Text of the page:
"You look at people and… it looks like it's real because it's what we see, but there's so much wonder on the inside. As if you had a plain packing crate and it was filled with silks and Persian rugs and things that would spill out and make everything beautiful, if only you took the trouble to open it."
—KJ Charles, in An Unsuitable Heir
I had no idea what to expect from my first trip to Disney World this summer, but I left with lots of impressions: discomfort with the total commercialism; awe at the detailed work put into the park; and delight in the way that people visiting Disney World are “all in.” None of the visitors were too cool, or too world-weary, to put on a pair of Mickey Ears and sing along to “It’s A Small World After All.”
And: wow, they were all in on the T-shirts, too. It seemed every other person had a custom T-shirt declaring who they were: Disney Mom! Celebrating Jaden’s 6th Birthday! He's My Mickey, I'm His Minnie! I felt I could look deep into someone's soul just by reading what they had printed on their shirt.
Isn't that what we all want? Well, not to have our innermost thoughts always printed on our T-shirts, but to be seen for who we are?
I know how painful the opposite experience is. The hardest times in my life have been when I've felt misunderstood; when someone has experienced me in a dramatically different way than I experience myself. Sometimes, there's important learning for me there —- for instance, when I've been unaware of the impact of my words on a person of color, and I've been able to realize that impact is more important than my intention.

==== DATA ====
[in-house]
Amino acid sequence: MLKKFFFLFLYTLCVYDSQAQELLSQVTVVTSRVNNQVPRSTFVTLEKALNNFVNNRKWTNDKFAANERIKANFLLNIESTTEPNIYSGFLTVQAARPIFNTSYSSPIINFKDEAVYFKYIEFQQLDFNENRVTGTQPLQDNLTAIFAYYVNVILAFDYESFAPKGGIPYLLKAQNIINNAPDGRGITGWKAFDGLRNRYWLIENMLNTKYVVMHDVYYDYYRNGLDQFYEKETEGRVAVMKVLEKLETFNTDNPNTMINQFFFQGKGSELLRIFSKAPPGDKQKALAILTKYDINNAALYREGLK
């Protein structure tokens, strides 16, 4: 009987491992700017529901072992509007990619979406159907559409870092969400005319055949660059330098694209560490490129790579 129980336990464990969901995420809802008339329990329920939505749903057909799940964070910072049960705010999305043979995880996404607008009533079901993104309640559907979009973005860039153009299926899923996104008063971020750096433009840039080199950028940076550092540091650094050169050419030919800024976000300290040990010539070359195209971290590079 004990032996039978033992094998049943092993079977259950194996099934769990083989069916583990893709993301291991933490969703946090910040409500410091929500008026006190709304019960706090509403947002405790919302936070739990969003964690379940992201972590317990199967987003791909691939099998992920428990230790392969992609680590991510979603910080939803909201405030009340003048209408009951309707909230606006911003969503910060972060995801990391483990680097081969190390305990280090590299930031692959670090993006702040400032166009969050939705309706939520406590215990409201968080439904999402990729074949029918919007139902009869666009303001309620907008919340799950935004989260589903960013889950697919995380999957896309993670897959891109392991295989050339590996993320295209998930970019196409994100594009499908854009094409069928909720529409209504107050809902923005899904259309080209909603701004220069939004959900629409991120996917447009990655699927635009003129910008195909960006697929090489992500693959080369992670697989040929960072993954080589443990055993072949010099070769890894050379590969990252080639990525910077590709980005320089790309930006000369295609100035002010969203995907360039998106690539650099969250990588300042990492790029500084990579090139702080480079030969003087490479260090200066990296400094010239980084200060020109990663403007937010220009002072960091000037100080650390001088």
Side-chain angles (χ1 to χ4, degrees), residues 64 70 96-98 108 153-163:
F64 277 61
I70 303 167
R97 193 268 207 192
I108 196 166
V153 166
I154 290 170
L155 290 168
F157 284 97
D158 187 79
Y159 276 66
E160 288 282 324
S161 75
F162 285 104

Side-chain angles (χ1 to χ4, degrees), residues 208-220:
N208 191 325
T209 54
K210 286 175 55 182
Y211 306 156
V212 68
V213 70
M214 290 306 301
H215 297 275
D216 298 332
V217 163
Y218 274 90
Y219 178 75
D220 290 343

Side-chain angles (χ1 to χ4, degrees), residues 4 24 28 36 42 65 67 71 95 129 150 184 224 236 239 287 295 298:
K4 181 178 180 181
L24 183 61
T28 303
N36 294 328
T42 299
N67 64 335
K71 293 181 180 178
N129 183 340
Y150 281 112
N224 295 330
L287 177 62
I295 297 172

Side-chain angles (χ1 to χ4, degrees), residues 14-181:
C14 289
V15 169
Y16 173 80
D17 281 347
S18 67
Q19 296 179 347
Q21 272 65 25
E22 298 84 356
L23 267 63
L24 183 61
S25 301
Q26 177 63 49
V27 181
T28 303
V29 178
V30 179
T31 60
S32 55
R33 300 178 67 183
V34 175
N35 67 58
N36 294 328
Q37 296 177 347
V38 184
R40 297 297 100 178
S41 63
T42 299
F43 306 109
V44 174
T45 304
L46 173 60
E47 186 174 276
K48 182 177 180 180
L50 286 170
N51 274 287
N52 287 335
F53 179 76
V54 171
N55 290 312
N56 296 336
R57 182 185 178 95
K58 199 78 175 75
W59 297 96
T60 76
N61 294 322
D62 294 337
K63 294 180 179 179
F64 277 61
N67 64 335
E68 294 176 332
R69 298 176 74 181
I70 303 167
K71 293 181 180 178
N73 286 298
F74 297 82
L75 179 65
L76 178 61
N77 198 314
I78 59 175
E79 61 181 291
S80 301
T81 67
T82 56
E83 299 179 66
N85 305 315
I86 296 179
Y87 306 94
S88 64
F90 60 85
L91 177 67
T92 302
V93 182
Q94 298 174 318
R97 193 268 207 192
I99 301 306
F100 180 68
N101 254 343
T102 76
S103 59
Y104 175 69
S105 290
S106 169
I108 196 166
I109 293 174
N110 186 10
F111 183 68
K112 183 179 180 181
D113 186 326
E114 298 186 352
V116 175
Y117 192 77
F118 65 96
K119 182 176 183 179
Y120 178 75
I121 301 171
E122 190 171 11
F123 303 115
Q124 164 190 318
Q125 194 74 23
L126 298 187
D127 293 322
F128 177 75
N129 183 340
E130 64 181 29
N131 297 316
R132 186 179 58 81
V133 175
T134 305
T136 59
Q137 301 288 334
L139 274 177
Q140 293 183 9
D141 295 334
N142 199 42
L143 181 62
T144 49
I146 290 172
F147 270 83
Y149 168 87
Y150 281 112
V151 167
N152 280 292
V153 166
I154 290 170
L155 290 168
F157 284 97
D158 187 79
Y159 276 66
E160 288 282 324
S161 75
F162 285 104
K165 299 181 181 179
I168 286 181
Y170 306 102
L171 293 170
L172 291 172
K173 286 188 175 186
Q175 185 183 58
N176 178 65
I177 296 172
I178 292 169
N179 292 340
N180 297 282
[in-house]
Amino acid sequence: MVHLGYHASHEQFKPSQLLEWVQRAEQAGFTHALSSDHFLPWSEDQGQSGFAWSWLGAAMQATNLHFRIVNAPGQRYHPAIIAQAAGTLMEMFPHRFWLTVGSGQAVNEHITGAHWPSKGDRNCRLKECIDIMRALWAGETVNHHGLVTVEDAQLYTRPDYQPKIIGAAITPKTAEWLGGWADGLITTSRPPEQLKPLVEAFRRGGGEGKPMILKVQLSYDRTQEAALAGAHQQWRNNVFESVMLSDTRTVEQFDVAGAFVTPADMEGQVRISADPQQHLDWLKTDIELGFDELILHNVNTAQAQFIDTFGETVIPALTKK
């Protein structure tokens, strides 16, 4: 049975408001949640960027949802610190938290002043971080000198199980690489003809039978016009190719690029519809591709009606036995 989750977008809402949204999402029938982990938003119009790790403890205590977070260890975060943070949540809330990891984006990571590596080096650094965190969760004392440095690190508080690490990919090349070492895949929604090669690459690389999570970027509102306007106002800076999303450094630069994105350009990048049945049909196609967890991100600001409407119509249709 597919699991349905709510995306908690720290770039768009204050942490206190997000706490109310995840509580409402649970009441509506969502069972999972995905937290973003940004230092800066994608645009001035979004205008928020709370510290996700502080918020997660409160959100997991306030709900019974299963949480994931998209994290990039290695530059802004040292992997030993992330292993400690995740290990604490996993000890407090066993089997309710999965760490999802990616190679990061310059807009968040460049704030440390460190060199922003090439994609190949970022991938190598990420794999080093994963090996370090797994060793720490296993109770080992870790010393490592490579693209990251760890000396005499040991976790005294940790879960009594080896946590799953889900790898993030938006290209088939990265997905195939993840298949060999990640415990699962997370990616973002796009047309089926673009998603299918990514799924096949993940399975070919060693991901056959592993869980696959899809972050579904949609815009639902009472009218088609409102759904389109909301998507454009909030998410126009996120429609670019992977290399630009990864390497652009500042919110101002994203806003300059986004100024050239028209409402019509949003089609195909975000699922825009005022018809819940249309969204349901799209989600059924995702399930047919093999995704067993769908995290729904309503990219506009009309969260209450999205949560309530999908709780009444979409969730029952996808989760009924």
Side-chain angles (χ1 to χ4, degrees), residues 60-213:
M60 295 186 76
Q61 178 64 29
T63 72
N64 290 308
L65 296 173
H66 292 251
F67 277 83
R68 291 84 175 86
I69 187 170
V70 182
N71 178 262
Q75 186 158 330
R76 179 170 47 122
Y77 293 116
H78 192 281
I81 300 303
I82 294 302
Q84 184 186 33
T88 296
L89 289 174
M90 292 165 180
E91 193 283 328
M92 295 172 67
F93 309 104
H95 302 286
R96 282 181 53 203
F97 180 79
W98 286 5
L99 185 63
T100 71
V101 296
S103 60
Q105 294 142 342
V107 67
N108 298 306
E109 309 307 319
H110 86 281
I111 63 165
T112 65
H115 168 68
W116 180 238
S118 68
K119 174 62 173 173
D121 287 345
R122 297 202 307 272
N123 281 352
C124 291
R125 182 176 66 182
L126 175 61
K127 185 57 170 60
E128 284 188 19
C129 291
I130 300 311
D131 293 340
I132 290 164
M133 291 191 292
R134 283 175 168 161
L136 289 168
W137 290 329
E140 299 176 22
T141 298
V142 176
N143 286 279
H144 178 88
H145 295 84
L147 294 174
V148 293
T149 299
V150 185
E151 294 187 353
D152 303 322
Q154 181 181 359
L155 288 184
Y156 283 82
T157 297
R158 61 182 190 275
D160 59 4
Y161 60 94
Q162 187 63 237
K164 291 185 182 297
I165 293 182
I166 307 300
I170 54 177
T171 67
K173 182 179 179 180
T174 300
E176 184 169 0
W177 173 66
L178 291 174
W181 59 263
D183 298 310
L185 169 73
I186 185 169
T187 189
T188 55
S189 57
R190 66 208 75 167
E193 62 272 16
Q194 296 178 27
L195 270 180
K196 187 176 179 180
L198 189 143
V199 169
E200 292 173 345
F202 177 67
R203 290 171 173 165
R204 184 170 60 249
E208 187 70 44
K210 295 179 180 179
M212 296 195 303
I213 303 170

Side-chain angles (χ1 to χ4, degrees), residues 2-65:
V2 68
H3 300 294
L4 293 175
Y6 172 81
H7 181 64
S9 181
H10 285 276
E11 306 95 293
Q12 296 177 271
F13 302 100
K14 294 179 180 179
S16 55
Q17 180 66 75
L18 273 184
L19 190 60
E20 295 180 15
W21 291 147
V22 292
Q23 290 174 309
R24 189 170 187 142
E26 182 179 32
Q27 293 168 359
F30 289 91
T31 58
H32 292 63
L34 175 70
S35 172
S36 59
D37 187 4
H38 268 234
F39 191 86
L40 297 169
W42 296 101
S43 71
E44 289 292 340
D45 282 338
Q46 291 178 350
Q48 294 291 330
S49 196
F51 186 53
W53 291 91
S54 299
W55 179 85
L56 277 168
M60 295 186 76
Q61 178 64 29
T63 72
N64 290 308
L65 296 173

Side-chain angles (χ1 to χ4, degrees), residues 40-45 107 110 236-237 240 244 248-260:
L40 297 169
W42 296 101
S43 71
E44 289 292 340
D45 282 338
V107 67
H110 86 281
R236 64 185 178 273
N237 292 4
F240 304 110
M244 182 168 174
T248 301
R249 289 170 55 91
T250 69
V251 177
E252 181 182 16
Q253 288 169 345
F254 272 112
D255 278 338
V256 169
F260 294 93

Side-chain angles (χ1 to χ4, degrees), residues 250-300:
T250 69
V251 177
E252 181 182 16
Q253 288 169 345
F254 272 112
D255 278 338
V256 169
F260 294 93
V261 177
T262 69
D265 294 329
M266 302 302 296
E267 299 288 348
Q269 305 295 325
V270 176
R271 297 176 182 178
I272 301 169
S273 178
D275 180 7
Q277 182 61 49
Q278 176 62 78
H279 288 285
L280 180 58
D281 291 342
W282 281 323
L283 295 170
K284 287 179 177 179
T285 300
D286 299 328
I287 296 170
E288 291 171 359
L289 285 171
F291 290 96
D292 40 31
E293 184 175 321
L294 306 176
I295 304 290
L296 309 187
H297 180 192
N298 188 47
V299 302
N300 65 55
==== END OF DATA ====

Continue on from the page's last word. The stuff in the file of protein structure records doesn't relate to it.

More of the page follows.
When that learning has happened — when through a relationship, through a conversation, through the trust of someone else, I was able to make the “me” on the outside match more closely how I feel on the inside — it’s been an opportunity to be even more deeply, and truly, known.
The truth is, we can't be summed up by a T-shirt (even a really cute one with Mickey ears). But it is indeed an impulse of the human self to be known fully by those we love, and that’s almost never possible unless we’re willing to risk the conversations that help us see past our initial impressions.
We’re so beautiful inside, so full of complexity and dichotomies and yearning. When we risk telling the world who we are—and when we risk truly learning about each other—we offer a great gift.
Spirit of Life and Love, help us to be known and to know each other. Let us see the beauty spilling out. Keep us vulnerable and open, speaking our own truth and listening—always listening—to the truths of others.